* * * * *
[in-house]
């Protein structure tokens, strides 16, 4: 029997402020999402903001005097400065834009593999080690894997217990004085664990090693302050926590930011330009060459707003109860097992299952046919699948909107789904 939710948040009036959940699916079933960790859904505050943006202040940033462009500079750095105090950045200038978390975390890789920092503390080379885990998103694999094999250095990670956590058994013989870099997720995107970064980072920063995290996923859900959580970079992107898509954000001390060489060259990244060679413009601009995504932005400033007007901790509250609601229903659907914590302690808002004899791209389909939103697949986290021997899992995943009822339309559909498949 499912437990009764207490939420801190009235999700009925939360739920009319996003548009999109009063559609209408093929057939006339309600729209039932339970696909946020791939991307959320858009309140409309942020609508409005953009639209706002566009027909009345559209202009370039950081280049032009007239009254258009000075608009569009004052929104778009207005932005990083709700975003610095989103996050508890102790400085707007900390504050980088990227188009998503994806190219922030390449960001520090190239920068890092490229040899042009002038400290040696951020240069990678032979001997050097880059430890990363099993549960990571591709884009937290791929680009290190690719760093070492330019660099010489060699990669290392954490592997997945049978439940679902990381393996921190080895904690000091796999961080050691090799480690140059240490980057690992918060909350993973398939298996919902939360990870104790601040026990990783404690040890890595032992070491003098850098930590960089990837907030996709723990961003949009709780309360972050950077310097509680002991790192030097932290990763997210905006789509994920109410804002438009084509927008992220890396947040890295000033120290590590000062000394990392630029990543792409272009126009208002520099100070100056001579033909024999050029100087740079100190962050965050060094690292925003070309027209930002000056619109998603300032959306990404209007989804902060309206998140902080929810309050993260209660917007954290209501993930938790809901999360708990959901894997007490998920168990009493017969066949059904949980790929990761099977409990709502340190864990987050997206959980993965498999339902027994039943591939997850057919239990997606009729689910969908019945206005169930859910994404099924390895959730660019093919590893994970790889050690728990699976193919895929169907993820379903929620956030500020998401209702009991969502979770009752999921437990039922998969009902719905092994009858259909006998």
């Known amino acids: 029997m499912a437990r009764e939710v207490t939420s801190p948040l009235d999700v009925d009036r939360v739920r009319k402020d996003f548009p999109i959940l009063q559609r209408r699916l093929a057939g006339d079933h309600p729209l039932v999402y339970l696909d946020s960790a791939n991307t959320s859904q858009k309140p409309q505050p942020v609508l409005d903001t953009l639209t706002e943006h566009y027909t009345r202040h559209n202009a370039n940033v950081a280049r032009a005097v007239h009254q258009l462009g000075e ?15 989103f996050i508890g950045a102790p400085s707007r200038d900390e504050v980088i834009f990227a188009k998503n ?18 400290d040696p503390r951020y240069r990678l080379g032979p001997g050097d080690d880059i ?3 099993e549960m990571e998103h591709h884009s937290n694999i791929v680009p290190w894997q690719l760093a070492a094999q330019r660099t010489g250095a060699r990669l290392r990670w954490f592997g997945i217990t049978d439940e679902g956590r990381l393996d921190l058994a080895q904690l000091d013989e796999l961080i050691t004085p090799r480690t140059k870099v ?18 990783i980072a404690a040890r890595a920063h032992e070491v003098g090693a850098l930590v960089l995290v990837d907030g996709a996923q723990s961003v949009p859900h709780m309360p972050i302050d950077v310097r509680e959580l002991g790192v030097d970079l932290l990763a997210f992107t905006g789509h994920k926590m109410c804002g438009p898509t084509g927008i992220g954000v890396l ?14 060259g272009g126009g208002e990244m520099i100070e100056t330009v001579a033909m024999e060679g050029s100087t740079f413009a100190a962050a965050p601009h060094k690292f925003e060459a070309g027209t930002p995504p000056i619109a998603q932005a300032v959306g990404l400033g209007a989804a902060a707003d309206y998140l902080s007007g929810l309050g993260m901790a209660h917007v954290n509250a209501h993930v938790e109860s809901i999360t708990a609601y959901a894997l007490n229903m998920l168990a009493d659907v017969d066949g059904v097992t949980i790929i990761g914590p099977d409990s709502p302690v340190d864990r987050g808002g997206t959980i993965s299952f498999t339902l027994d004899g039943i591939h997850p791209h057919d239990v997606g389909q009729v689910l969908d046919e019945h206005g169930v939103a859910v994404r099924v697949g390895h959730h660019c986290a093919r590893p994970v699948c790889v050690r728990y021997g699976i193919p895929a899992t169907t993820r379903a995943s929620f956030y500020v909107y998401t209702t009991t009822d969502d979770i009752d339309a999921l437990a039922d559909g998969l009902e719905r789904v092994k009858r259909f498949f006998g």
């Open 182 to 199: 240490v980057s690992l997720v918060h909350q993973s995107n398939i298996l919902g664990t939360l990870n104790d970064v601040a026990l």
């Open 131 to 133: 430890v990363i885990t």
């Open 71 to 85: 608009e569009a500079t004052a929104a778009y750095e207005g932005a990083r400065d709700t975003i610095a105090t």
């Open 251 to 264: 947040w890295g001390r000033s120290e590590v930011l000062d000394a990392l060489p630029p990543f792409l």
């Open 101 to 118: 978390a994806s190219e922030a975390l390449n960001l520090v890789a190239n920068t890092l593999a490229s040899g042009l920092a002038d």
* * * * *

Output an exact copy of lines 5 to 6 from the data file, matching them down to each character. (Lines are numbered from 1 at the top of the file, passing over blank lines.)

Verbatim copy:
């Open 131 to 133: 430890v990363i885990t």
């Open 71 to 85: 608009e569009a500079t004052a929104a778009y750095e207005g932005a990083r400065d709700t975003i610095a105090t």